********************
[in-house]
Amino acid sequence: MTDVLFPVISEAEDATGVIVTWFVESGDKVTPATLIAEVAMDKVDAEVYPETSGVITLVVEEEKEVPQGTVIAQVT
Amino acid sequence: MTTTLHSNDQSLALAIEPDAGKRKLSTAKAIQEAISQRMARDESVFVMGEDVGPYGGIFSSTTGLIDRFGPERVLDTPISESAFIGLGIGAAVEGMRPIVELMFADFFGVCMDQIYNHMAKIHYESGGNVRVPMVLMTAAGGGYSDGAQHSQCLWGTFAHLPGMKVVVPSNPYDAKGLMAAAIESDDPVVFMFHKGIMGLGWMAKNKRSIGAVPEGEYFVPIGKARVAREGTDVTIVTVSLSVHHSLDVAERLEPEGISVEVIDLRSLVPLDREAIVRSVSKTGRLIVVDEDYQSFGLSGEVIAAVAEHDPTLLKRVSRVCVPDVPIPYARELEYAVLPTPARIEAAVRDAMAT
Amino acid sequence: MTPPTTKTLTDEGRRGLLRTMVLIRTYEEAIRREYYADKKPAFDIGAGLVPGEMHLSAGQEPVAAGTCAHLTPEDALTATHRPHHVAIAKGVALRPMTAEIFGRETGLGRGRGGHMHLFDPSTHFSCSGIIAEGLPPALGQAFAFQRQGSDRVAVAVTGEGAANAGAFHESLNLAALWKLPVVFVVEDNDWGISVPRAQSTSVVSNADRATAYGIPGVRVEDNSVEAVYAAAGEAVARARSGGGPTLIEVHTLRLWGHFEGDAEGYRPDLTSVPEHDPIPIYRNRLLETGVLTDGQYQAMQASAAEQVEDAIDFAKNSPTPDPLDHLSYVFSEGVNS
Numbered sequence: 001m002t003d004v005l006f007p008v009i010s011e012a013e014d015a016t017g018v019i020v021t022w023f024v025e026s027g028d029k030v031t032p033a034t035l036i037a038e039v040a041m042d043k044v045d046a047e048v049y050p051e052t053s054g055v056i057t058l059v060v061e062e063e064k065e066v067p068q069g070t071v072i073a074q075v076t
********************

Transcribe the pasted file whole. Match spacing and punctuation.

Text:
[in-house]
Amino acid sequence: MTDVLFPVISEAEDATGVIVTWFVESGDKVTPATLIAEVAMDKVDAEVYPETSGVITLVVEEEKEVPQGTVIAQVT
Amino acid sequence: MTTTLHSNDQSLALAIEPDAGKRKLSTAKAIQEAISQRMARDESVFVMGEDVGPYGGIFSSTTGLIDRFGPERVLDTPISESAFIGLGIGAAVEGMRPIVELMFADFFGVCMDQIYNHMAKIHYESGGNVRVPMVLMTAAGGGYSDGAQHSQCLWGTFAHLPGMKVVVPSNPYDAKGLMAAAIESDDPVVFMFHKGIMGLGWMAKNKRSIGAVPEGEYFVPIGKARVAREGTDVTIVTVSLSVHHSLDVAERLEPEGISVEVIDLRSLVPLDREAIVRSVSKTGRLIVVDEDYQSFGLSGEVIAAVAEHDPTLLKRVSRVCVPDVPIPYARELEYAVLPTPARIEAAVRDAMAT
Amino acid sequence: MTPPTTKTLTDEGRRGLLRTMVLIRTYEEAIRREYYADKKPAFDIGAGLVPGEMHLSAGQEPVAAGTCAHLTPEDALTATHRPHHVAIAKGVALRPMTAEIFGRETGLGRGRGGHMHLFDPSTHFSCSGIIAEGLPPALGQAFAFQRQGSDRVAVAVTGEGAANAGAFHESLNLAALWKLPVVFVVEDNDWGISVPRAQSTSVVSNADRATAYGIPGVRVEDNSVEAVYAAAGEAVARARSGGGPTLIEVHTLRLWGHFEGDAEGYRPDLTSVPEHDPIPIYRNRLLETGVLTDGQYQAMQASAAEQVEDAIDFAKNSPTPDPLDHLSYVFSEGVNS
Numbered sequence: 001m002t003d004v005l006f007p008v009i010s011e012a013e014d015a016t017g018v019i020v021t022w023f024v025e026s027g028d029k030v031t032p033a034t035l036i037a038e039v040a041m042d043k044v045d046a047e048v049y050p051e052t053s054g055v056i057t058l059v060v061e062e063e064k065e066v067p068q069g070t071v072i073a074q075v076t